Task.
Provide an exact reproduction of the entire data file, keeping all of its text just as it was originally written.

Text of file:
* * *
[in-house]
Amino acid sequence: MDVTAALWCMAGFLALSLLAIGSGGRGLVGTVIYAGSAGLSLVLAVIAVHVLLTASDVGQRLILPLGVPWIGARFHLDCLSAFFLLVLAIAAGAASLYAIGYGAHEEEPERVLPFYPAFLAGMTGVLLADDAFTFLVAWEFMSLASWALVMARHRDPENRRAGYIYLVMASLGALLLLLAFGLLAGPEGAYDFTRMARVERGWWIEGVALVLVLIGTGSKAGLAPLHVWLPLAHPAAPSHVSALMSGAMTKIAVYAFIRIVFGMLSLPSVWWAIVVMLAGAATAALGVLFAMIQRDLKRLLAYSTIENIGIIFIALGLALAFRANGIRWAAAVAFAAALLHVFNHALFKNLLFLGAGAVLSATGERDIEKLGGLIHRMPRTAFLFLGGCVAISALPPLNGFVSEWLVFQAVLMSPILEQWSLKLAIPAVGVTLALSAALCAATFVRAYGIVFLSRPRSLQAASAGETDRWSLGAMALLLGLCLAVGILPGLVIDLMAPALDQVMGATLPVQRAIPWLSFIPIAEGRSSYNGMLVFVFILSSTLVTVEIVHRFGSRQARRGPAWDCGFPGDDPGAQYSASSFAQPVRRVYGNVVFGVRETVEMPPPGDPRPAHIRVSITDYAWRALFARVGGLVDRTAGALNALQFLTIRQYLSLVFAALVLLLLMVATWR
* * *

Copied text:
[in-house]
Amino acid sequence: MDVTAALWCMAGFLALSLLAIGSGGRGLVGTVIYAGSAGLSLVLAVIAVHVLLTASDVGQRLILPLGVPWIGARFHLDCLSAFFLLVLAIAAGAASLYAIGYGAHEEEPERVLPFYPAFLAGMTGVLLADDAFTFLVAWEFMSLASWALVMARHRDPENRRAGYIYLVMASLGALLLLLAFGLLAGPEGAYDFTRMARVERGWWIEGVALVLVLIGTGSKAGLAPLHVWLPLAHPAAPSHVSALMSGAMTKIAVYAFIRIVFGMLSLPSVWWAIVVMLAGAATAALGVLFAMIQRDLKRLLAYSTIENIGIIFIALGLALAFRANGIRWAAAVAFAAALLHVFNHALFKNLLFLGAGAVLSATGERDIEKLGGLIHRMPRTAFLFLGGCVAISALPPLNGFVSEWLVFQAVLMSPILEQWSLKLAIPAVGVTLALSAALCAATFVRAYGIVFLSRPRSLQAASAGETDRWSLGAMALLLGLCLAVGILPGLVIDLMAPALDQVMGATLPVQRAIPWLSFIPIAEGRSSYNGMLVFVFILSSTLVTVEIVHRFGSRQARRGPAWDCGFPGDDPGAQYSASSFAQPVRRVYGNVVFGVRETVEMPPPGDPRPAHIRVSITDYAWRALFARVGGLVDRTAGALNALQFLTIRQYLSLVFAALVLLLLMVATWR